The Siting of a Hazardous Waste Landfill
By Barbara Gray
This Article Summary written by: Tanya Glaser, Conflict Research Consortium
Citation: "The Siting of a Hazardous Waste Landfill," Selection from: Barbara Gray, Collaborating: Finding Common Ground for Multiparty Problems, (San Francisco: Jossey-Bass, 1989), pp. 208-9.
Generally, any proposal to create a hazardous waste facility will be greeted with intense community opposition. While the Hawkins Point landfill in Maryland only operated for a year, it is considered a success in that it was built at all.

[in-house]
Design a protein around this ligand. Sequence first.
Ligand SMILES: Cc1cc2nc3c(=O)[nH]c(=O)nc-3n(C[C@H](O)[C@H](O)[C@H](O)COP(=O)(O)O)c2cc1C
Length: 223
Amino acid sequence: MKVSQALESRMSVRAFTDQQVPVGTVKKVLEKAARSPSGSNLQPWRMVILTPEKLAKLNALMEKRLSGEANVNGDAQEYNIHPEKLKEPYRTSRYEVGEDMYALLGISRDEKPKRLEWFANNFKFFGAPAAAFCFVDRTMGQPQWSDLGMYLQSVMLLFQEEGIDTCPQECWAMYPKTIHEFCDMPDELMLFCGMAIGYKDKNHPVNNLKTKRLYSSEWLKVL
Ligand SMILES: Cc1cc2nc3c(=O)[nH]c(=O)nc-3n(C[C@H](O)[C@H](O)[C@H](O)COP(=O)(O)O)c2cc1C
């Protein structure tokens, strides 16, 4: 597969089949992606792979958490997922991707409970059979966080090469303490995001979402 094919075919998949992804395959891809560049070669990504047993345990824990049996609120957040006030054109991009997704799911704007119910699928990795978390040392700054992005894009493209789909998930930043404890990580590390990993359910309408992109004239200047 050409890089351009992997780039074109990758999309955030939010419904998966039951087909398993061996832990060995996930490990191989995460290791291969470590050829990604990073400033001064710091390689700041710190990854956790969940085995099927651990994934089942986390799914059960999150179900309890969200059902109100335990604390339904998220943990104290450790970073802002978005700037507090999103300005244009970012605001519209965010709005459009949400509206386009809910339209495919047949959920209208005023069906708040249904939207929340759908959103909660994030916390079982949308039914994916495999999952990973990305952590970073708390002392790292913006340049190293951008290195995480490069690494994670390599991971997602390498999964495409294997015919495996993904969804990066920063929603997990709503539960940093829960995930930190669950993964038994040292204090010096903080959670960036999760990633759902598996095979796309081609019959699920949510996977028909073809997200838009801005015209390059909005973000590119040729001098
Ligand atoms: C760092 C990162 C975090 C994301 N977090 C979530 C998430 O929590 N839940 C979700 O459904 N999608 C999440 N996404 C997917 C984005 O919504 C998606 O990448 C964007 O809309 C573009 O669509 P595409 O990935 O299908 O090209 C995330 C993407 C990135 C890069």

In the Hawkins Point case, the target site was already in use as a hazardous landfill. The surrounding area was largely industrial, and was slated for further industrial development. The nearest community consisted of twenty-two homes and a church. After two years of community negotiations over construction clean-up, assessment of existing hazards, royalty payments to the community and employment opportunities, the state eventually decided to "buy out" and relocate the community. Relocation would cost roughly $3 million. Environmental groups agreed to the development in exchange for agreements to clean up the previously existing sites.